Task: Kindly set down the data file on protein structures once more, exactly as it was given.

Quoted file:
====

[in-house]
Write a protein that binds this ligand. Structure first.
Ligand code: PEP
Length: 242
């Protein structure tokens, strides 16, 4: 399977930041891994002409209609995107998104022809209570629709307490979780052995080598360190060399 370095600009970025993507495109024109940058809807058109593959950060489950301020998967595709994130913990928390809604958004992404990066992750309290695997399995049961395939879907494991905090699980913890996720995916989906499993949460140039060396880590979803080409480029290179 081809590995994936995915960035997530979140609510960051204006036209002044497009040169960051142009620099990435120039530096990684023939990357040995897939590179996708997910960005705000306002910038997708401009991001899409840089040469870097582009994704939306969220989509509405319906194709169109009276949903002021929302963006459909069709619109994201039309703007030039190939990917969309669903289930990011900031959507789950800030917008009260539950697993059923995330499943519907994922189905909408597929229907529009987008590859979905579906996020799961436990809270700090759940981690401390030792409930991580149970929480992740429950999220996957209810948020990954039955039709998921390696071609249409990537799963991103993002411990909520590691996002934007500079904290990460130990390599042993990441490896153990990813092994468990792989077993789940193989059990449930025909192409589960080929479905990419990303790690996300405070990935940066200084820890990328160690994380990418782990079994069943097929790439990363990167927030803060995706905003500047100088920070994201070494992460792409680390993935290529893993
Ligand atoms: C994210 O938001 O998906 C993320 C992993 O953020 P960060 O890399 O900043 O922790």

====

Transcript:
[in-house]
Write a protein that binds this ligand. Structure first.
Ligand code: PEP
Length: 242
């Protein structure tokens, strides 16, 4: 399977930041891994002409209609995107998104022809209570629709307490979780052995080598360190060399 370095600009970025993507495109024109940058809807058109593959950060489950301020998967595709994130913990928390809604958004992404990066992750309290695997399995049961395939879907494991905090699980913890996720995916989906499993949460140039060396880590979803080409480029290179 081809590995994936995915960035997530979140609510960051204006036209002044497009040169960051142009620099990435120039530096990684023939990357040995897939590179996708997910960005705000306002910038997708401009991001899409840089040469870097582009994704939306969220989509509405319906194709169109009276949903002021929302963006459909069709619109994201039309703007030039190939990917969309669903289930990011900031959507789950800030917008009260539950697993059923995330499943519907994922189905909408597929229907529009987008590859979905579906996020799961436990809270700090759940981690401390030792409930991580149970929480992740429950999220996957209810948020990954039955039709998921390696071609249409990537799963991103993002411990909520590691996002934007500079904290990460130990390599042993990441490896153990990813092994468990792989077993789940193989059990449930025909192409589960080929479905990419990303790690996300405070990935940066200084820890990328160690994380990418782990079994069943097929790439990363990167927030803060995706905003500047100088920070994201070494992460792409680390993935290529893993
Ligand atoms: C994210 O938001 O998906 C993320 C992993 O953020 P960060 O890399 O900043 O922790």